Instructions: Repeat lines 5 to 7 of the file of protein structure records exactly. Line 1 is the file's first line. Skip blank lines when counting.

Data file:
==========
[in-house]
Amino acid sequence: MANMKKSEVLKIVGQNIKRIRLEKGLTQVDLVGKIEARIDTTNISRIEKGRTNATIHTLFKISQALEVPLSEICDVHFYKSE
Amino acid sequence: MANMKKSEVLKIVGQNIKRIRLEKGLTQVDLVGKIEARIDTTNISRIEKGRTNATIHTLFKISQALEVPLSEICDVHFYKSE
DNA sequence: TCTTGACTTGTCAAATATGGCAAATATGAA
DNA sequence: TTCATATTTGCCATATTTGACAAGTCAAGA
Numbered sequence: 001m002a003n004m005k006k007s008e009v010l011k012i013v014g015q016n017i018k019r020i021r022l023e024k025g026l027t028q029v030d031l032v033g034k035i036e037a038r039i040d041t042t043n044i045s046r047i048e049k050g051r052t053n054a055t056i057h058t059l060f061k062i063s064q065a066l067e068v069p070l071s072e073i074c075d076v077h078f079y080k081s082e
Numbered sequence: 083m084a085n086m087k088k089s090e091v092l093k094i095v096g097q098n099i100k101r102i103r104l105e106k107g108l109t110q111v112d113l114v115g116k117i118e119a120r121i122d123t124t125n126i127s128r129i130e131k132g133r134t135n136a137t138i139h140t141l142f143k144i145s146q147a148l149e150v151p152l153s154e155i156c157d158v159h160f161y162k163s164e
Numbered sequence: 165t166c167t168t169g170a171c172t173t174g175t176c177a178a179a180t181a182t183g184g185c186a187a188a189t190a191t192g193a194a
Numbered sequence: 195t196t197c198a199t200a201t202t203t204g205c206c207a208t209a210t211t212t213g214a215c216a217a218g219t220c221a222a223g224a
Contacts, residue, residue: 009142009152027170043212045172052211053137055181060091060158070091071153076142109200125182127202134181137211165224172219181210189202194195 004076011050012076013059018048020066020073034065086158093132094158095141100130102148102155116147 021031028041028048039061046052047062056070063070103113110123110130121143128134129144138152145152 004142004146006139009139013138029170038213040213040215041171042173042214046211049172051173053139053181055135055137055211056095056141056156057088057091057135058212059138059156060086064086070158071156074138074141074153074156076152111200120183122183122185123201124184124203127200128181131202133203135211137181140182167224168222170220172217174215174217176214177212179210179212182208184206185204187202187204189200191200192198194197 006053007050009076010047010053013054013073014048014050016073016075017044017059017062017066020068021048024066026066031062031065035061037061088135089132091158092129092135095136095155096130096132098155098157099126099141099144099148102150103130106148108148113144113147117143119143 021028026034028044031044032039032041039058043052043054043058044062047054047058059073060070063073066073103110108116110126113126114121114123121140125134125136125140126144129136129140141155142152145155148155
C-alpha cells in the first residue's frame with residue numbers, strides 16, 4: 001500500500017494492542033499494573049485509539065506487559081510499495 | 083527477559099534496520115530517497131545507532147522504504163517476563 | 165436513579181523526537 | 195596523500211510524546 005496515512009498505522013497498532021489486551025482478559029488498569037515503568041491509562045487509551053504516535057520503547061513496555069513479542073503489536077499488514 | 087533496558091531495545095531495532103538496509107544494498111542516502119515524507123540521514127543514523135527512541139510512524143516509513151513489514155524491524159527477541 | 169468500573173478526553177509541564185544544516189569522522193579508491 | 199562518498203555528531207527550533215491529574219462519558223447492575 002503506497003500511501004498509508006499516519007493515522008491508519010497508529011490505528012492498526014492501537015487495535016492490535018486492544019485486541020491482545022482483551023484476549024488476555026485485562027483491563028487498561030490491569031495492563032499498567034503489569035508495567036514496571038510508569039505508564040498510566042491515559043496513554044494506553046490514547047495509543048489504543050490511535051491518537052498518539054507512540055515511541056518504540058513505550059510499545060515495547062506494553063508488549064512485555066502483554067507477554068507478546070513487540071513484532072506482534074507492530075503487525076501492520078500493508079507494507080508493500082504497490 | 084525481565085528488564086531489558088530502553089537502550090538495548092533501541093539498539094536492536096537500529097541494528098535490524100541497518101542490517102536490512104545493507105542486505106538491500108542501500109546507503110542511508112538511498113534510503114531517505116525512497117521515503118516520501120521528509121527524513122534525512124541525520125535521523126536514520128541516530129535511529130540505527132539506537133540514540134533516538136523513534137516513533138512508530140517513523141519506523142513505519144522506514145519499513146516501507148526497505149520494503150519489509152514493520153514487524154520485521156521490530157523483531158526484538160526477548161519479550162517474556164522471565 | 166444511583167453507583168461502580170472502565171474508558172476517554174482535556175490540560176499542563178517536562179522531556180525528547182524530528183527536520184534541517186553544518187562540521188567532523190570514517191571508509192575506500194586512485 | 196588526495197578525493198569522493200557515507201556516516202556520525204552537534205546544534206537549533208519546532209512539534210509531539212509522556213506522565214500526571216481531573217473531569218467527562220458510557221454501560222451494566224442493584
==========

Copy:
DNA sequence: TTCATATTTGCCATATTTGACAAGTCAAGA
Numbered sequence: 001m002a003n004m005k006k007s008e009v010l011k012i013v014g015q016n017i018k019r020i021r022l023e024k025g026l027t028q029v030d031l032v033g034k035i036e037a038r039i040d041t042t043n044i045s046r047i048e049k050g051r052t053n054a055t056i057h058t059l060f061k062i063s064q065a066l067e068v069p070l071s072e073i074c075d076v077h078f079y080k081s082e
Numbered sequence: 083m084a085n086m087k088k089s090e091v092l093k094i095v096g097q098n099i100k101r102i103r104l105e106k107g108l109t110q111v112d113l114v115g116k117i118e119a120r121i122d123t124t125n126i127s128r129i130e131k132g133r134t135n136a137t138i139h140t141l142f143k144i145s146q147a148l149e150v151p152l153s154e155i156c157d158v159h160f161y162k163s164e